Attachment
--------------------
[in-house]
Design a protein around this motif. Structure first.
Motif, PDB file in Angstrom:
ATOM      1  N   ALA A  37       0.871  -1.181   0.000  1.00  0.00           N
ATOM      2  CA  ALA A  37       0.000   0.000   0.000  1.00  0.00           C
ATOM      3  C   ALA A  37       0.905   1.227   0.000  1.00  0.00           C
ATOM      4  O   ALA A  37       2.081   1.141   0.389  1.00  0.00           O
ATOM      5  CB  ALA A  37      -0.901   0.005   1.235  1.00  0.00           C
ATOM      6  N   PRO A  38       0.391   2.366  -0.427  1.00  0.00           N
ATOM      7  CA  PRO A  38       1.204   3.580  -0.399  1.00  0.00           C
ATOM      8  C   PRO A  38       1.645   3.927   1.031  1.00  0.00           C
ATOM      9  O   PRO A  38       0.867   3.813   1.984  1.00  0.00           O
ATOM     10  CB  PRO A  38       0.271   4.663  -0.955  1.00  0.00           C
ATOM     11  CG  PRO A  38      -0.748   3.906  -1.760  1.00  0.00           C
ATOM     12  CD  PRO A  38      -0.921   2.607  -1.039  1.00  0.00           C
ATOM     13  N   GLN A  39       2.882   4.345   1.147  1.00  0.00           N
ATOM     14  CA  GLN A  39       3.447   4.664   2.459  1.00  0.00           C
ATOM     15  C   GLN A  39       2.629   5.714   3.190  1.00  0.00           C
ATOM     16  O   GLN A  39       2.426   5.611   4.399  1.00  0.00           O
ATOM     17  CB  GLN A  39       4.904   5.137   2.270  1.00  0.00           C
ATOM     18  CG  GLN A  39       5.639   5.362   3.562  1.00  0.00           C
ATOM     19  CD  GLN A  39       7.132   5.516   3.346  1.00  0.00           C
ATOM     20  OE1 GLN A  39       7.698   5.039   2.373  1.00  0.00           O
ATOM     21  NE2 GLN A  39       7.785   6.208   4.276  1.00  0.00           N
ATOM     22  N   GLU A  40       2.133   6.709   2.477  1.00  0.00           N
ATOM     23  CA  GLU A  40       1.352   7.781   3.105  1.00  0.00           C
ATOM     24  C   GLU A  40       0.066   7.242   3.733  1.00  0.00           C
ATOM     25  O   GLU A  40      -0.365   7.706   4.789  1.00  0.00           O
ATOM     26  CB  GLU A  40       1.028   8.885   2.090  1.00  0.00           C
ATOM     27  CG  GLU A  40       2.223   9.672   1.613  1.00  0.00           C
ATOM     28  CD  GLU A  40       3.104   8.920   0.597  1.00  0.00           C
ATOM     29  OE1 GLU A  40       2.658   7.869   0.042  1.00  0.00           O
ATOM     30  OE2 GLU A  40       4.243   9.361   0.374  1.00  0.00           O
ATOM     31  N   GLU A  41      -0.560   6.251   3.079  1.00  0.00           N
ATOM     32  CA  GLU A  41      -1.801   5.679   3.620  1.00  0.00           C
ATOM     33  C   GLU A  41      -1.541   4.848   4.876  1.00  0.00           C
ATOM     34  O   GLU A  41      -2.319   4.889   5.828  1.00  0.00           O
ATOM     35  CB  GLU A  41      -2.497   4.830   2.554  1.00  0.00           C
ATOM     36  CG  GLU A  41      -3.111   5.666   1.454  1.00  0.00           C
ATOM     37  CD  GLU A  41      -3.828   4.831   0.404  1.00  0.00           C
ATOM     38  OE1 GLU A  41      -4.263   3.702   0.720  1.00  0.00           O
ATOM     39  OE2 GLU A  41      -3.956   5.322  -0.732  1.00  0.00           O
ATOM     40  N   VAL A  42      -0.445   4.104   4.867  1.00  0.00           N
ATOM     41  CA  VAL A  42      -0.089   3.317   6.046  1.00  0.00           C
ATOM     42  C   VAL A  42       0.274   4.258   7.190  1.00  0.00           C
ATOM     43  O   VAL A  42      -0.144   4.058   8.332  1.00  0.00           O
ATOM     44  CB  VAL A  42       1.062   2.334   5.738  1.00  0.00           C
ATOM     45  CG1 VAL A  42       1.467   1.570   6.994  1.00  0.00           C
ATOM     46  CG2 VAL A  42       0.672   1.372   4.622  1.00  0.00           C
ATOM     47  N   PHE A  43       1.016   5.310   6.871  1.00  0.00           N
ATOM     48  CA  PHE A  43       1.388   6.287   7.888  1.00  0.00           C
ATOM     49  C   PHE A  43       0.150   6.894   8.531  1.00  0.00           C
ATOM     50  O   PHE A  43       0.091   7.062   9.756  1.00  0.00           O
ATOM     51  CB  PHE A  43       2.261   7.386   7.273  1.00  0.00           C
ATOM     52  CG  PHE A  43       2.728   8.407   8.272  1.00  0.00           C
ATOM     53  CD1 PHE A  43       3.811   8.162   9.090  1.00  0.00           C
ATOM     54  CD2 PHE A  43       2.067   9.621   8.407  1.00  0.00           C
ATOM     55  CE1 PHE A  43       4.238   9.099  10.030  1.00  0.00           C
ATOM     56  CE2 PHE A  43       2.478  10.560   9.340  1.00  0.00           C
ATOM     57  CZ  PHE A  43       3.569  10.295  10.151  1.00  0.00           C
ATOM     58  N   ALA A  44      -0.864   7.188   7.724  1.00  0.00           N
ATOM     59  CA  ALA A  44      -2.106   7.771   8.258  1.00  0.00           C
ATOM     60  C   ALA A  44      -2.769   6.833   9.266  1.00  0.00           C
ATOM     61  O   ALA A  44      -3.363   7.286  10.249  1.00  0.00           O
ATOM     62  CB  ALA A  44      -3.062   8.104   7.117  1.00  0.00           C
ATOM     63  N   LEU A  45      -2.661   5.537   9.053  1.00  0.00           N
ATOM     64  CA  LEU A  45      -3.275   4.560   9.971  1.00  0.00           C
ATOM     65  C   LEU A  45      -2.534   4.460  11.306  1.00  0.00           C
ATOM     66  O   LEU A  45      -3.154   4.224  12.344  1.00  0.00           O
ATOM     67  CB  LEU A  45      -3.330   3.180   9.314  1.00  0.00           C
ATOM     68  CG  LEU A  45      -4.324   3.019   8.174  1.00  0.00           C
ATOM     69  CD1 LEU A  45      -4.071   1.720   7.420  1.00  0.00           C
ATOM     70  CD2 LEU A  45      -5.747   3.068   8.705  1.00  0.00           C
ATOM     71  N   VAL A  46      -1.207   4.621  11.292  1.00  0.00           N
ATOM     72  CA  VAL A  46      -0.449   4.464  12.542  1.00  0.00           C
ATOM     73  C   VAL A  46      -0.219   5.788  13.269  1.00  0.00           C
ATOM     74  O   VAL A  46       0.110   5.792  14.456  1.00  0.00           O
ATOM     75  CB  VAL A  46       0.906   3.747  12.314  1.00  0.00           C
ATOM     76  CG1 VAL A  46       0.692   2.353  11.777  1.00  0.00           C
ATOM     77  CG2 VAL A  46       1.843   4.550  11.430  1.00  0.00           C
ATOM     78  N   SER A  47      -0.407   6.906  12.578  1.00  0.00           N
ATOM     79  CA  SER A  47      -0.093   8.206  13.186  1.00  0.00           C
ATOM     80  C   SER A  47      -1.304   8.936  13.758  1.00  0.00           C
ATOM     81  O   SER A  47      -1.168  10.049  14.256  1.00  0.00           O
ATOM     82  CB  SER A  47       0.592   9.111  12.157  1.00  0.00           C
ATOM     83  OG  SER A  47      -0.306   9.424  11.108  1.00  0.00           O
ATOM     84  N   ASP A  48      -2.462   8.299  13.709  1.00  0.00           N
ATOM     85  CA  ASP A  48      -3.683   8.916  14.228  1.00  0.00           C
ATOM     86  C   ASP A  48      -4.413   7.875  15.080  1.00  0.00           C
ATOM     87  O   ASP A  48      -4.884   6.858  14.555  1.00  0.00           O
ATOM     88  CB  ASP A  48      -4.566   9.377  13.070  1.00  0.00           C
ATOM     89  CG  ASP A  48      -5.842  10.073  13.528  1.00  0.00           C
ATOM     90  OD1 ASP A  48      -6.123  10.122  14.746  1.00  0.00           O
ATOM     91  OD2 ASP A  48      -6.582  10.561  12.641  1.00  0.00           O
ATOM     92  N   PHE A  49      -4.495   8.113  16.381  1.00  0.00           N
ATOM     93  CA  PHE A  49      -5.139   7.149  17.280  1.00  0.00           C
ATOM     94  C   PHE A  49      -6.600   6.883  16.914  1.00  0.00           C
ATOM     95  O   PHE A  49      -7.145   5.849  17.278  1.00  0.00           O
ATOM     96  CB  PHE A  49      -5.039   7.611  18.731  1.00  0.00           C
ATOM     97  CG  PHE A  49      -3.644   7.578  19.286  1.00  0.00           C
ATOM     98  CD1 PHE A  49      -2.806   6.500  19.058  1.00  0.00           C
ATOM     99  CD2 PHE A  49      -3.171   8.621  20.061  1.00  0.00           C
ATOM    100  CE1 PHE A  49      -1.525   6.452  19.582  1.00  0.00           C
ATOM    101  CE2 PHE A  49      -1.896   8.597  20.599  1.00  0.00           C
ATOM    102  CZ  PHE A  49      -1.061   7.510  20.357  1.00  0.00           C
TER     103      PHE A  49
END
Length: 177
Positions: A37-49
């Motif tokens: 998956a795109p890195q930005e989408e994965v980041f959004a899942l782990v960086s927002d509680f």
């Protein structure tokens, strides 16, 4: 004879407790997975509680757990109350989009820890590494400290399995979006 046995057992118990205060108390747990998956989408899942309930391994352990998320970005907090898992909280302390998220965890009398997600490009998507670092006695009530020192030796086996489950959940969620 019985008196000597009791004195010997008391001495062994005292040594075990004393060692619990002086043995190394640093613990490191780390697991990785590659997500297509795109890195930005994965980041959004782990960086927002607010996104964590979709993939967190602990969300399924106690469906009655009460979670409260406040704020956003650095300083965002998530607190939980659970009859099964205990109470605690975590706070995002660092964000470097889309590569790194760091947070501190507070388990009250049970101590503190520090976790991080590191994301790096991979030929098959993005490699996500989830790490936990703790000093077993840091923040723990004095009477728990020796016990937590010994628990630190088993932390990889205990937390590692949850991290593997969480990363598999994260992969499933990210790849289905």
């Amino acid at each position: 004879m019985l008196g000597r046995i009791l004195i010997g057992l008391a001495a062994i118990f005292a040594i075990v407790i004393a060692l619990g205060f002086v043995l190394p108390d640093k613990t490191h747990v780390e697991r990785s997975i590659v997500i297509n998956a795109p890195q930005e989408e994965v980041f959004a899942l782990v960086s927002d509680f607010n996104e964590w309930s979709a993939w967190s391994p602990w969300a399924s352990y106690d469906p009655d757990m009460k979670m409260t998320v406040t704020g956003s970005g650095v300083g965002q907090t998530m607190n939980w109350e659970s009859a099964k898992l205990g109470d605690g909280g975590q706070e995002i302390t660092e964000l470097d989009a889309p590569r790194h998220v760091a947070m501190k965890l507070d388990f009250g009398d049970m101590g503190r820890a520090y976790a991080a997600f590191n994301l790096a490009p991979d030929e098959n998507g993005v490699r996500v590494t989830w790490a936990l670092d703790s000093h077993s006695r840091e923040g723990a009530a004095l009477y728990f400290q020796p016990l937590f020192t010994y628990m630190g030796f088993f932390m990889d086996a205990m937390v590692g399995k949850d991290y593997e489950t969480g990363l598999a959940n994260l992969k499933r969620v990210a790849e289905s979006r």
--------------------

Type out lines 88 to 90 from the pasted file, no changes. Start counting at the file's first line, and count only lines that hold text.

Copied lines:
ATOM     85  CA  ASP A  48      -3.683   8.916  14.228  1.00  0.00           C
ATOM     86  C   ASP A  48      -4.413   7.875  15.080  1.00  0.00           C
ATOM     87  O   ASP A  48      -4.884   6.858  14.555  1.00  0.00           O